Motorists planning to use Binaisa and Namirembe roads have been given alternative routes as some parts of these roads have been partly closed to pave way for construction works.
The two roads are being constructed by Kampala Capital City Authority (KCCA) to ease mobility for both motorists and pedestrians. Both roads are being funded by the Government of Uganda through the Uganda Road Fund (URF).
While Binaisa Road will majorly be motorised upon completion, Namirembe Road will be non-motorised, with only pedestrians and cyclists allowed.
The Non-Motorised Transport (NMT) project will cover both Namirembe Road and Luwum Street with a major aim of reducing congestion.
Binaisa Road in Kawemepe Division stretches from the Mulago Roundabout up to Kubbiri Roundabout that connects both Gayaza Road and Bombo Road.
Namirembe Road in Kampala Central Division, stretches from Berkley (Bakuli) off Hoima Road up to Mini-Price shopping arcade at the foot of Luwum Street.
Luwum Street stretches from Mini-Price shopping arcade through Nakasero market up to Entebbe Road just behind Barclays Bank.
Mr Jacob Byamukama, the KCCA’s acting director for roads and management, said the Shs3b road project will run for three months, adding that it will be done in phases to avoid traffic gridlock.
Upon completion, the road is expected to reduce traffic jam at Kubbiri and Mulago roundabouts.
Mr Byamukama explained that the works will involve scarification and compaction of the existing base on the northern lane of the dual carriage way, applying a new base layer of processed murram and sealing it with a 50 mm asphalt layer.
“The works shall also involve reconstruction of walkways on both lanes of the dual carriage way, installation of kerbs, and construction of a cut off drain on the northern lane of the dual carriage way,” Mr Byamukama said.
Binaisa Road connects other feeder roads such as the Katanga pedestrian path, Otunnu Road, and Old Mulago Road.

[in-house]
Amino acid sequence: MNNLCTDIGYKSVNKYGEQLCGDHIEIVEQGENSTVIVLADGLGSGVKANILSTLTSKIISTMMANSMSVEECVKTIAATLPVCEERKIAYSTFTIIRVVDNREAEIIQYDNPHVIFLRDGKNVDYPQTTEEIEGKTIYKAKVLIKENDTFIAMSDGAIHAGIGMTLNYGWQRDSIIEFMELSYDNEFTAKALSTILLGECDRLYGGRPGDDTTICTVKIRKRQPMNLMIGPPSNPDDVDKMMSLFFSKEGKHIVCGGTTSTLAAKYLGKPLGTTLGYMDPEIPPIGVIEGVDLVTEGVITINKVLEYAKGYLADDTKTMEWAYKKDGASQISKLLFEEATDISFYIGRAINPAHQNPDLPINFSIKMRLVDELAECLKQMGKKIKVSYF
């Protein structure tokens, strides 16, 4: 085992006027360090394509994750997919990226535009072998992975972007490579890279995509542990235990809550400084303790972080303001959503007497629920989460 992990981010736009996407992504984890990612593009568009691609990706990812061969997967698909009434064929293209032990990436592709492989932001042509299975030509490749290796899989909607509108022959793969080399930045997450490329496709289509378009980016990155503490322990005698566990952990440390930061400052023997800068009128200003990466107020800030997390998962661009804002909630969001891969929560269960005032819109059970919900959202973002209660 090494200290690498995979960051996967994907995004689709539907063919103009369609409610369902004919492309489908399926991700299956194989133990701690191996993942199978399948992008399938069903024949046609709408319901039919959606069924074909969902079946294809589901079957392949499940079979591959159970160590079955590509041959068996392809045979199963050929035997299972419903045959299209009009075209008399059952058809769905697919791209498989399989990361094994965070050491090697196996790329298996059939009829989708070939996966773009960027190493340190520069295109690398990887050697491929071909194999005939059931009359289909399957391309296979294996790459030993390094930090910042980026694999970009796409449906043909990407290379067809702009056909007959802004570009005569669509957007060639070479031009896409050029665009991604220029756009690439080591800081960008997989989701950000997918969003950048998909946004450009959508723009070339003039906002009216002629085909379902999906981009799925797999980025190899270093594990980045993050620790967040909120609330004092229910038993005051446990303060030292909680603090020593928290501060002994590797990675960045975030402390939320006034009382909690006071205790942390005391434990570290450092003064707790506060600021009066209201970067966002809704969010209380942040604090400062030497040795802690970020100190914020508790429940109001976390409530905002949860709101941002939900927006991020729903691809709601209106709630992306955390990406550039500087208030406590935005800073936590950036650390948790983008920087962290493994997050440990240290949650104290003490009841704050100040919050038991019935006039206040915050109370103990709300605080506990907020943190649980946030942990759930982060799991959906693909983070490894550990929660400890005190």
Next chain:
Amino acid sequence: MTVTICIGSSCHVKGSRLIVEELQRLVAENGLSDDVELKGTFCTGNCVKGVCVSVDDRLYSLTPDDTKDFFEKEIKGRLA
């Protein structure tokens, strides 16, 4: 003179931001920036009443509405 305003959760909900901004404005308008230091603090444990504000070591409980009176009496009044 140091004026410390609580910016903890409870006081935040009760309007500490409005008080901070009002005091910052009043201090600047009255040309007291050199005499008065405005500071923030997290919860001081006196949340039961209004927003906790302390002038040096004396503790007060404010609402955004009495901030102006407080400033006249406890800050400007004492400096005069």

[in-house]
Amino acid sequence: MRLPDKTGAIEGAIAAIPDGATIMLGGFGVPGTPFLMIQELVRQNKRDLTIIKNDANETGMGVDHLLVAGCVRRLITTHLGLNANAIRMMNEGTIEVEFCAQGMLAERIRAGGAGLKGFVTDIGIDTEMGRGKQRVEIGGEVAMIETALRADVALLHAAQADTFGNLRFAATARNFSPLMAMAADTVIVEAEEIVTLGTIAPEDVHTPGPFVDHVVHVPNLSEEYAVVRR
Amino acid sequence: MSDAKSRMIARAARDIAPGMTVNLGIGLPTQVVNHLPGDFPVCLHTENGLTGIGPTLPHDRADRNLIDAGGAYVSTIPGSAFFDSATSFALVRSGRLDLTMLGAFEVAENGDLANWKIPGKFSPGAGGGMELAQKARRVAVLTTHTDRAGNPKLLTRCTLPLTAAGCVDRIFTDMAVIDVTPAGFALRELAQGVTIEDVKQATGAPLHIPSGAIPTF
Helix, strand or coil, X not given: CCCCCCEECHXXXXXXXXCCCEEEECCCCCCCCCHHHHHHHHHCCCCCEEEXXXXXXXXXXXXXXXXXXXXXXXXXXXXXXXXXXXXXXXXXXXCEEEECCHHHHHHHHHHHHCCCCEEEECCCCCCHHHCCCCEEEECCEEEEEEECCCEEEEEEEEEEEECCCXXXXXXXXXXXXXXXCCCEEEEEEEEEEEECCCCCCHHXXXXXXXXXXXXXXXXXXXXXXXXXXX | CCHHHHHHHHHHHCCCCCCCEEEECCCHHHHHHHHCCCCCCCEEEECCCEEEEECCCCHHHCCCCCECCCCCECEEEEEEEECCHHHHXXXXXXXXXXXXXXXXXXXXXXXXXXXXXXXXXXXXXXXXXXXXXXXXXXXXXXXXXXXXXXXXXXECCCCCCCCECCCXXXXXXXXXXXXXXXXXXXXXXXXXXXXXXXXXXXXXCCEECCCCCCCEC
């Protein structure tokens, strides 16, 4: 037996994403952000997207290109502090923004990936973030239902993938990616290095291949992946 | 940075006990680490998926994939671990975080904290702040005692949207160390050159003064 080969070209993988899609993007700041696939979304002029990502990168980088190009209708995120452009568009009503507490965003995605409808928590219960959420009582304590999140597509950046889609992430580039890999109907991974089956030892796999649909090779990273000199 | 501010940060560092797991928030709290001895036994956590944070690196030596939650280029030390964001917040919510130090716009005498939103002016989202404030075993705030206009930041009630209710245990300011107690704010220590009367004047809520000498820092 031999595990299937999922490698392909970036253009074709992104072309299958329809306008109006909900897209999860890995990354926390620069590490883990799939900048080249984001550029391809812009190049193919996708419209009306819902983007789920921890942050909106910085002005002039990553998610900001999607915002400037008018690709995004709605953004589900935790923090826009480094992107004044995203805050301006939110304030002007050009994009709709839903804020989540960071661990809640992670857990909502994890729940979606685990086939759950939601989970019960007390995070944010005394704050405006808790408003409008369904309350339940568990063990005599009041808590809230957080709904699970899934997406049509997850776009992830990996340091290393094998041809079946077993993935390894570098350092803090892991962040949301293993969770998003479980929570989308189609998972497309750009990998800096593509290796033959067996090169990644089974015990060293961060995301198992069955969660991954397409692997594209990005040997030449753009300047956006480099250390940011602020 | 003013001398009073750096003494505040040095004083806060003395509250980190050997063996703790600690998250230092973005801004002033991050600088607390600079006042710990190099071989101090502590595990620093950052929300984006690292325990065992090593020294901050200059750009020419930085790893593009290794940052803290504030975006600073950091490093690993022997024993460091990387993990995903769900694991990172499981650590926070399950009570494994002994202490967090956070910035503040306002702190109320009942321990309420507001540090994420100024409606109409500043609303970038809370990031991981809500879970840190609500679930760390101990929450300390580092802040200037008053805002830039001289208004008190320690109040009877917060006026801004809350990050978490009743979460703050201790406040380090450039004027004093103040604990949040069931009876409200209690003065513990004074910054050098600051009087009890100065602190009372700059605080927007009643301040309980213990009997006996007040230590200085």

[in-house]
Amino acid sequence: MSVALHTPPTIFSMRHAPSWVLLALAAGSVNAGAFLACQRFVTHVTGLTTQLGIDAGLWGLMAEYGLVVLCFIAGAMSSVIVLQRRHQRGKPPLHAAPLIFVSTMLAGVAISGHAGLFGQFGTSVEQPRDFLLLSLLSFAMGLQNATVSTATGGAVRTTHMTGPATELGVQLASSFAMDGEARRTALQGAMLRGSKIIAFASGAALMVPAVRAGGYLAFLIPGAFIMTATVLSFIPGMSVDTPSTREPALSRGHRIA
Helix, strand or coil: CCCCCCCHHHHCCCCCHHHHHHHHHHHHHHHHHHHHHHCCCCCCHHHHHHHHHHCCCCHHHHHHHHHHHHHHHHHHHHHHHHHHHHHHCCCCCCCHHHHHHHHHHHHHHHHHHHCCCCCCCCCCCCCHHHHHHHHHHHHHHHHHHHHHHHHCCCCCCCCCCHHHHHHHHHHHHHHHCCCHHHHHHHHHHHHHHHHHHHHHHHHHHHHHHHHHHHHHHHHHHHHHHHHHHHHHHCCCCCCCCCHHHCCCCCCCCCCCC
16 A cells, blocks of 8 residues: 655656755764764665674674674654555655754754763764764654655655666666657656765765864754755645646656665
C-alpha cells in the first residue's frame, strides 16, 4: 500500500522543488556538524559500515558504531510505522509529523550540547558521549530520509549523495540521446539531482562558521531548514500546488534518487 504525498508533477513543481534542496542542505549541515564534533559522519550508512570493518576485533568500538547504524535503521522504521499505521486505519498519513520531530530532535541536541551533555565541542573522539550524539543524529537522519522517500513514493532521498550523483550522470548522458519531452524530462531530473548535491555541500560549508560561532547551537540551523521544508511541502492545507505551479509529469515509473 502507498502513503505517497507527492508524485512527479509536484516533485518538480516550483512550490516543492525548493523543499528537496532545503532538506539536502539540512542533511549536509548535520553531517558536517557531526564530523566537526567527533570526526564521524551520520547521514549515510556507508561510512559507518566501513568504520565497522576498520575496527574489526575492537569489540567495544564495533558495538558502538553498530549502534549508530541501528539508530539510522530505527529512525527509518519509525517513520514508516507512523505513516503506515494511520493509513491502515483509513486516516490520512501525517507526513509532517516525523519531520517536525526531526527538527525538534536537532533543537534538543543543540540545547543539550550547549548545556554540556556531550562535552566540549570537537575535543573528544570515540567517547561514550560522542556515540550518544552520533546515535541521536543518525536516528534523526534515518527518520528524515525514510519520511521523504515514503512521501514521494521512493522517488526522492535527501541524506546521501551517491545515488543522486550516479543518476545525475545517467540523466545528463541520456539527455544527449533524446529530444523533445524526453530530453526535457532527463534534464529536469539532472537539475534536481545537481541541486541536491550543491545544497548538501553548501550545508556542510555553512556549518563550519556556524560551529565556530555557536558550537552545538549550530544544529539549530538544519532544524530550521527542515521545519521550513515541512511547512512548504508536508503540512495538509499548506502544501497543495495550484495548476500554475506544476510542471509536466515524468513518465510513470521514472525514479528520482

However, the construction works have caused a hitch in the flow of traffic.
When Daily Monitor visited the road, traffic was flowing at snail pace on Kira Road (Kamwokya side) Yusuf Lule Road, and Hajj Musa Kasule Road (Wandegeya side).
Ms Edna Kwagala, one of the motorists, who operates a boutique at Garden City, told this newspaper in an interview that she was not aware of the scheduled upgrade on Binaisa Road.
“I stay in Gayaza and this is the road that I usually use because it is very strategic. It will definitely be hard for me and other motorists who have been using it on a daily basis,” she said.
The KCCA’s traffic control plan indicates that the southern lane at Dwaliro roundabout will be widened to allow motorists from Gayaza and Kawempe through to Kitante Road during peak times.
Warning signs for roadworks will be placed at different junctions and roads such as Kira, Dwaliro and Hajj Musa Kasule Road, and Kubbiri round about to warn motorists of the works ahead and possibly divert.
Mawanda, Kisingiri, Dwaliro Junction.
Motorists can turn left into Mawanda Road, into upper Mulago Hill Road to Mulago Hill and then onto Tufnell Drive where they can join Kiira Road.
Mawanda-Kafeero road junction.
Motorists could either use the routes above or move into Church Road down to Gayaza road where they can then join Bombo Road.
Further still, traffic police officers will be placed at the Mulago, Dwaliro and Kubbiri roundabouts to help in directing traffic flow.
Meanwhile, construction works on Namirembe Road have also affected the traffic flow. The road is expected to be completed by August. Namirembe Road is one of the busiest city roads.
Currently, part of the road has since been closed off from Shell Petrol Station to Jaguar Bus Terminal.